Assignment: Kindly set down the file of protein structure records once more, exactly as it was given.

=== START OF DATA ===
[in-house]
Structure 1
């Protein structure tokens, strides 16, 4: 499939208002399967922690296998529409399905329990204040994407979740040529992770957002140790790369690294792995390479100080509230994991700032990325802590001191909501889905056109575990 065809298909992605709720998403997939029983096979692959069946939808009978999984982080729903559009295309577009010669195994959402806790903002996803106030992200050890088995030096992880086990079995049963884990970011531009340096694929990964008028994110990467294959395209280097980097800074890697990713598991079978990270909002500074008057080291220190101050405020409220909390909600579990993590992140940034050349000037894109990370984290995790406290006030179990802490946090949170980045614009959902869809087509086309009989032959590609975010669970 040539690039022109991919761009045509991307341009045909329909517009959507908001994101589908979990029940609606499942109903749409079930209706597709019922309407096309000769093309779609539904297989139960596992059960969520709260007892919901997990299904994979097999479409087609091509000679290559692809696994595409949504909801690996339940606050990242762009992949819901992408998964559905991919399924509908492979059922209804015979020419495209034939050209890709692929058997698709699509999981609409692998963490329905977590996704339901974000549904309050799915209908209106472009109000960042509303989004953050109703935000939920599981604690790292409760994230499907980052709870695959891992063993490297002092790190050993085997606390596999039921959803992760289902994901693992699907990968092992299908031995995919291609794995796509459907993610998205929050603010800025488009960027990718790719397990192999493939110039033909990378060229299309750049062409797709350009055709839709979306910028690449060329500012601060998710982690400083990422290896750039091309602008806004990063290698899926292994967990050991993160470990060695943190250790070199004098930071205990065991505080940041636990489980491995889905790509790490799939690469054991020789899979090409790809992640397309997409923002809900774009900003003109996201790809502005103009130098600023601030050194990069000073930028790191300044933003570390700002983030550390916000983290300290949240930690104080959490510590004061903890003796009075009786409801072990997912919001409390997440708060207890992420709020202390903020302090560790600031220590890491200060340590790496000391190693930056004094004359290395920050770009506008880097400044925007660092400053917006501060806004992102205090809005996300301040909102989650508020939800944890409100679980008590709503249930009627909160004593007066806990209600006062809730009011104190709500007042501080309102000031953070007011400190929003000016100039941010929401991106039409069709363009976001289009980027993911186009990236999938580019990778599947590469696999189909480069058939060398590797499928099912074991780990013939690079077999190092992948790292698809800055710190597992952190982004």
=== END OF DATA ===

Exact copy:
[in-house]
Structure 1
């Protein structure tokens, strides 16, 4: 499939208002399967922690296998529409399905329990204040994407979740040529992770957002140790790369690294792995390479100080509230994991700032990325802590001191909501889905056109575990 065809298909992605709720998403997939029983096979692959069946939808009978999984982080729903559009295309577009010669195994959402806790903002996803106030992200050890088995030096992880086990079995049963884990970011531009340096694929990964008028994110990467294959395209280097980097800074890697990713598991079978990270909002500074008057080291220190101050405020409220909390909600579990993590992140940034050349000037894109990370984290995790406290006030179990802490946090949170980045614009959902869809087509086309009989032959590609975010669970 040539690039022109991919761009045509991307341009045909329909517009959507908001994101589908979990029940609606499942109903749409079930209706597709019922309407096309000769093309779609539904297989139960596992059960969520709260007892919901997990299904994979097999479409087609091509000679290559692809696994595409949504909801690996339940606050990242762009992949819901992408998964559905991919399924509908492979059922209804015979020419495209034939050209890709692929058997698709699509999981609409692998963490329905977590996704339901974000549904309050799915209908209106472009109000960042509303989004953050109703935000939920599981604690790292409760994230499907980052709870695959891992063993490297002092790190050993085997606390596999039921959803992760289902994901693992699907990968092992299908031995995919291609794995796509459907993610998205929050603010800025488009960027990718790719397990192999493939110039033909990378060229299309750049062409797709350009055709839709979306910028690449060329500012601060998710982690400083990422290896750039091309602008806004990063290698899926292994967990050991993160470990060695943190250790070199004098930071205990065991505080940041636990489980491995889905790509790490799939690469054991020789899979090409790809992640397309997409923002809900774009900003003109996201790809502005103009130098600023601030050194990069000073930028790191300044933003570390700002983030550390916000983290300290949240930690104080959490510590004061903890003796009075009786409801072990997912919001409390997440708060207890992420709020202390903020302090560790600031220590890491200060340590790496000391190693930056004094004359290395920050770009506008880097400044925007660092400053917006501060806004992102205090809005996300301040909102989650508020939800944890409100679980008590709503249930009627909160004593007066806990209600006062809730009011104190709500007042501080309102000031953070007011400190929003000016100039941010929401991106039409069709363009976001289009980027993911186009990236999938580019990778599947590469696999189909480069058939060398590797499928099912074991780990013939690079077999190092992948790292698809800055710190597992952190982004």